Around this time of year in Jewish homes all across the globe, families will gather around the dinner table for the Passover seder, and will remember the Children of Israel’s joyous exodus from slavery in Egypt. At my house in Toronto, however, a different exodus is discussed; one that is just as bitter as the herbs that are traditionally choked down that same night. The event I’m referring to is the great anglo-exile of the 1970s and 80s, an incident which left my ex-Montrealer parents with considerable animosity toward the Parti Quebecois (PQ), and toward La Belle Province in general. The city of Montreal itself, however, was never on the receiving end of any post departure acrimony. Instead, it is fondly remembered by my parents and occupies a central place in our familial lore.
No special holiday is needed to talk about Montreal at my house, and with my grandparents, aunts, and uncles on both sides all hailing from various Montreal neighbourhoods, it is often the centre of one nostalgic conversation or another.
At my house in Toronto, however, a different exodus is discussed; one that is just as bitter as the herbs that are traditionally choked down that same night.
Growing up, I heard tales of deli sandwiches filled with so much juicy meat you had to unhinge your jaw just to take a bite. “Not like the crap you get here,” my grandmother would scoff. I listened to descriptions of bagels baked in brick ovens, that were crispy on the outside, and deliciously soft on the inside. Toronto bagels, derisively referred to as “bread with a hole in it” by my father, could never compete. Toronto, through little fault of its own, bore the brunt of my family’s frustration at having left Montreal. It is not easy being a step-city.
According to my parents, everything about Montreal was better than Toronto. Montreal sports were the most exciting, and anyone who has not been to a Montreal Expos game has not truly lived. Montreal weather was the most exceptional, with snow banks so high, people used to jump into them from second story balconies. Even the street lights were apparently brighter in Montreal. I once heard my maternal and paternal grandmothers discuss quite seriously how they can hardly see at night anymore, and it is probably because the streetlights in Toronto are dimmer than those in Montreal used to be. Never mind that they can’t really see during the day either, because that’s definitely unrelated.
According to my parents, everything about Montreal was better than Toronto. Montreal sports were the most exciting, and anyone who has not been to a Montreal Expos game has not truly lived.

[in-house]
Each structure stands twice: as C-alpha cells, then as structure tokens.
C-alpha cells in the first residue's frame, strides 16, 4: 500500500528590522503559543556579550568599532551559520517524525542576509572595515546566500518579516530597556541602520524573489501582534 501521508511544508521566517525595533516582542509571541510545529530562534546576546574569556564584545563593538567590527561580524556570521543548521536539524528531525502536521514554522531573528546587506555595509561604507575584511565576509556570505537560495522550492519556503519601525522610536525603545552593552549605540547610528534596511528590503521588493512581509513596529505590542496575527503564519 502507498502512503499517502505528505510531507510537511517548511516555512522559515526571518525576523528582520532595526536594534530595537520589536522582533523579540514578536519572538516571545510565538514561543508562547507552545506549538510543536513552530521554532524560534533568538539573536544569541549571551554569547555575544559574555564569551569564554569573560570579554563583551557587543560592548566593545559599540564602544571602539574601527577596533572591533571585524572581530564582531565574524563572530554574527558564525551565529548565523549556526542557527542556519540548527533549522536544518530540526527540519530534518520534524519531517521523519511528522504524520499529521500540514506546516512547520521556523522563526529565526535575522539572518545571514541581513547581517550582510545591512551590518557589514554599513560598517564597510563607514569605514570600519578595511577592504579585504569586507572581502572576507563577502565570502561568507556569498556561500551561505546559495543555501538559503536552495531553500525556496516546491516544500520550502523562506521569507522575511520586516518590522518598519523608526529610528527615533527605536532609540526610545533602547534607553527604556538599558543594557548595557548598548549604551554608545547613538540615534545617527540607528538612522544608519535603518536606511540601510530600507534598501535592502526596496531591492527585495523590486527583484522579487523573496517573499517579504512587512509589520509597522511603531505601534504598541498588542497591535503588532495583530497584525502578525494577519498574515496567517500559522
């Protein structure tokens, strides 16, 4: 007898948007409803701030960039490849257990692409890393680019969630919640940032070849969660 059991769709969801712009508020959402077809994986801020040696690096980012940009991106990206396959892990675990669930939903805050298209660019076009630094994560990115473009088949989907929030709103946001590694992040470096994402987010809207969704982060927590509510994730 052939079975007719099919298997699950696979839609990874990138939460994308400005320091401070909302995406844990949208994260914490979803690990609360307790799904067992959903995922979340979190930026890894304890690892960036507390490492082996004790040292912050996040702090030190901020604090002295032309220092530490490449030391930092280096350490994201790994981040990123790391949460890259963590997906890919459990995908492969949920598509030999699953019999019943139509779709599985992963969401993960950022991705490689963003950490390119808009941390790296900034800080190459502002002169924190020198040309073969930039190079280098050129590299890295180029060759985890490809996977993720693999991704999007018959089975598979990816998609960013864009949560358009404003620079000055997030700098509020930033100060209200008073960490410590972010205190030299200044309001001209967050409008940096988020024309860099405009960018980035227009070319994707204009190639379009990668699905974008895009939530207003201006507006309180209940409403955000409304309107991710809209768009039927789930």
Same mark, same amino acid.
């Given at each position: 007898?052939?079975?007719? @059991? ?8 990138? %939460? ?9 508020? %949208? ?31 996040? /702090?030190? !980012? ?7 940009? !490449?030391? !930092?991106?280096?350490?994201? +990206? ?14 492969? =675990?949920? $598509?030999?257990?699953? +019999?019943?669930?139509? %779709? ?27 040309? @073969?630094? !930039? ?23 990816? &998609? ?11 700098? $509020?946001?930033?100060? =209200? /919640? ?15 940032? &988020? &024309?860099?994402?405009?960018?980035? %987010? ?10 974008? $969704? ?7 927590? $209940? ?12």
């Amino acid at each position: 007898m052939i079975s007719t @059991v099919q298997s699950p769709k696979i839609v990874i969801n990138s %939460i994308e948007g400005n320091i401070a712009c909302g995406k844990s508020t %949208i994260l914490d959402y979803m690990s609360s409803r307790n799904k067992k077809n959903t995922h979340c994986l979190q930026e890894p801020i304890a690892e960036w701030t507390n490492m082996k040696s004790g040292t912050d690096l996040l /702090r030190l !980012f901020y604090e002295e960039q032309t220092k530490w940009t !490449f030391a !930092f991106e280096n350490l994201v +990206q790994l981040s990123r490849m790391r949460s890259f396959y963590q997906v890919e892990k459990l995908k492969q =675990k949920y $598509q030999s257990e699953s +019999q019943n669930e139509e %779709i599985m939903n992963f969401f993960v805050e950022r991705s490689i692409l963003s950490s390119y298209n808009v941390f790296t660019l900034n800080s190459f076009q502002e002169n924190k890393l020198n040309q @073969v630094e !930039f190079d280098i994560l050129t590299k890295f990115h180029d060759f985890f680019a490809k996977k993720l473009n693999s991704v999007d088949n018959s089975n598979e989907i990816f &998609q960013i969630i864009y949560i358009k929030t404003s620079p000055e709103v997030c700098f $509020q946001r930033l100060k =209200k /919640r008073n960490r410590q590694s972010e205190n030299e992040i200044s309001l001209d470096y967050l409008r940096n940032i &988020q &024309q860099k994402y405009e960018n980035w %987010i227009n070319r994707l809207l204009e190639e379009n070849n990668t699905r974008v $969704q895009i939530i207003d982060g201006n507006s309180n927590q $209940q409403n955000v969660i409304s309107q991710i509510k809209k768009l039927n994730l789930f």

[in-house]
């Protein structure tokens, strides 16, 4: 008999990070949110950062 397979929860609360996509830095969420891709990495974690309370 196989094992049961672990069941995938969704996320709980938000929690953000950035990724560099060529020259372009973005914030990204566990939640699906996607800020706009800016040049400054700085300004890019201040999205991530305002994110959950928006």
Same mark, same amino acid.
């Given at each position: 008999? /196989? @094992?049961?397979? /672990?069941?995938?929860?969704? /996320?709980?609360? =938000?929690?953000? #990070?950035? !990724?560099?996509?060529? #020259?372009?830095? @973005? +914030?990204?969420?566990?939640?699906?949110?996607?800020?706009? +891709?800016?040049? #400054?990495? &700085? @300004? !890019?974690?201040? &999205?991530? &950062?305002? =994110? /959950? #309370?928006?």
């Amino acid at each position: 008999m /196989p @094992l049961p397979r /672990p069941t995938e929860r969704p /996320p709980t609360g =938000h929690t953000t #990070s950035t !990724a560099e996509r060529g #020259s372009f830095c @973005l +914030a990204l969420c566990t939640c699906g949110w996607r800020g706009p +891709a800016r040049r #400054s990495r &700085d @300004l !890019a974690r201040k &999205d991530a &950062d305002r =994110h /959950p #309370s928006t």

It’s easy to see why I was so excited to be accepted to McGill. I would finally return to the promised land, a land flowing with cured meats and Orange Julep smoothies. I was thrilled to come to Montreal, and I practically thought the city streets would be paved with gold.
Imagine my surprise, however, when I found out that not only were the streets not paved in gold — they weren’t paved at all. I discovered this shortly upon arrival, after nearly falling into the bottomless pit which took up residence in the middle of Sherbrooke street for the majority of last year. My first experience in Montreal had an ominous undertone. This feeling was compounded when I tried to take a taxi to Olympic Stadium to catch a Blue Jays pre-season baseball game. According to the driver, I was an idiot, and the Expos had not played in Montreal for 13 years. As I stepped out of the car to the sound of the cabbie’s rather imaginative French cursing, I began to seriously worry. Maybe this city was not the El-Dorado I had heard so much about.
All doubts were expelled, thankfully, when I took my first bite of a real Montreal smoked meat sandwich. It was damn good. And when I tried a bagel from St-Viateur a few hours later, all was once again right with the world. Of course I had eaten Montreal bagels in Toronto, because it is a sacred duty for any ex-Montrealer visiting the city to bring back several tons of the stuff to feed the hungry diaspora community. But after several weeks of storage in a freezer, the refugee bagels I used to eat could not compare to the fresh, piping hot masterpiece I enjoyed at St-Viateur. I went to bed content that night, knowing my childhood was not a lie after all.
As my freshman year came and went, these conflicting impressions of Montreal continued. There were some things that were great, like the beautiful mountain scenery. There were some things that were awful, like the fact that the city views salting icy streets as an optional activity. Overall, I found Montreal to be not all that different from Toronto. There’s not that much distinction between Starbucks and Café Starbucks, after all. Montreal has its strengths and weaknesses, just like any other city.
As my freshman year came and went, these conflicting impressions of Montreal continued. There were some things that were great, like the beautiful mountain scenery. There were some things that were awful, like the fact that the city views salting icy streets as an optional activity.
Now, in my second year, I realize that I’m starting to miss Toronto a bit. I wish I could go to a Raptors game now and again, instead of streaming them from my laptop. I certainly wouldn’t mind being able to understand what the street signs mean. What the hell is an arrondissement anyway? I even miss Drake.
I suppose that in this regard I am similar to my parents. If you leave your home city, even by choice, its flaws become less important over time. All that stays in your mind is a sense of nostalgia for where you were raised, and a lack of familiarity for where you live now. Perhaps if I end up living in a city other than Toronto I’ll become just like my extended family. I’ll be telling my children and grandchildren wistful, quasi-true stories about a long lost home, when they are just trying to watch TV while enjoying their bread with a hole in it.